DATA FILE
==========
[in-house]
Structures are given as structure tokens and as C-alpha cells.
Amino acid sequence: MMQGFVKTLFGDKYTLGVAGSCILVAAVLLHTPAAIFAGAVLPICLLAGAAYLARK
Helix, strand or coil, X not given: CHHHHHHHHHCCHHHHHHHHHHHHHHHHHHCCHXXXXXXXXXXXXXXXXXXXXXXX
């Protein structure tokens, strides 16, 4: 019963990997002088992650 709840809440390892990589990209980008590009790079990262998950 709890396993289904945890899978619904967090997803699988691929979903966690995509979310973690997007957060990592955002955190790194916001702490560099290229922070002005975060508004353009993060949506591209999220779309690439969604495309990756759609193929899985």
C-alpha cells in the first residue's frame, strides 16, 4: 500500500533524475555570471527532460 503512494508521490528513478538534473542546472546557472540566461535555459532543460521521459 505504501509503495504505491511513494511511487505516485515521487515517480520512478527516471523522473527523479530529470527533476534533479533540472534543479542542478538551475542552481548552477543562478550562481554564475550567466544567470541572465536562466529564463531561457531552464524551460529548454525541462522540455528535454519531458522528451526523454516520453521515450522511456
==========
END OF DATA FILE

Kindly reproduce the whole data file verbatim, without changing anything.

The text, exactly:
[in-house]
Structures are given as structure tokens and as C-alpha cells.
Amino acid sequence: MMQGFVKTLFGDKYTLGVAGSCILVAAVLLHTPAAIFAGAVLPICLLAGAAYLARK
Helix, strand or coil, X not given: CHHHHHHHHHCCHHHHHHHHHHHHHHHHHHCCHXXXXXXXXXXXXXXXXXXXXXXX
């Protein structure tokens, strides 16, 4: 019963990997002088992650 709840809440390892990589990209980008590009790079990262998950 709890396993289904945890899978619904967090997803699988691929979903966690995509979310973690997007957060990592955002955190790194916001702490560099290229922070002005975060508004353009993060949506591209999220779309690439969604495309990756759609193929899985």
C-alpha cells in the first residue's frame, strides 16, 4: 500500500533524475555570471527532460 503512494508521490528513478538534473542546472546557472540566461535555459532543460521521459 505504501509503495504505491511513494511511487505516485515521487515517480520512478527516471523522473527523479530529470527533476534533479533540472534543479542542478538551475542552481548552477543562478550562481554564475550567466544567470541572465536562466529564463531561457531552464524551460529548454525541462522540455528535454519531458522528451526523454516520453521515450522511456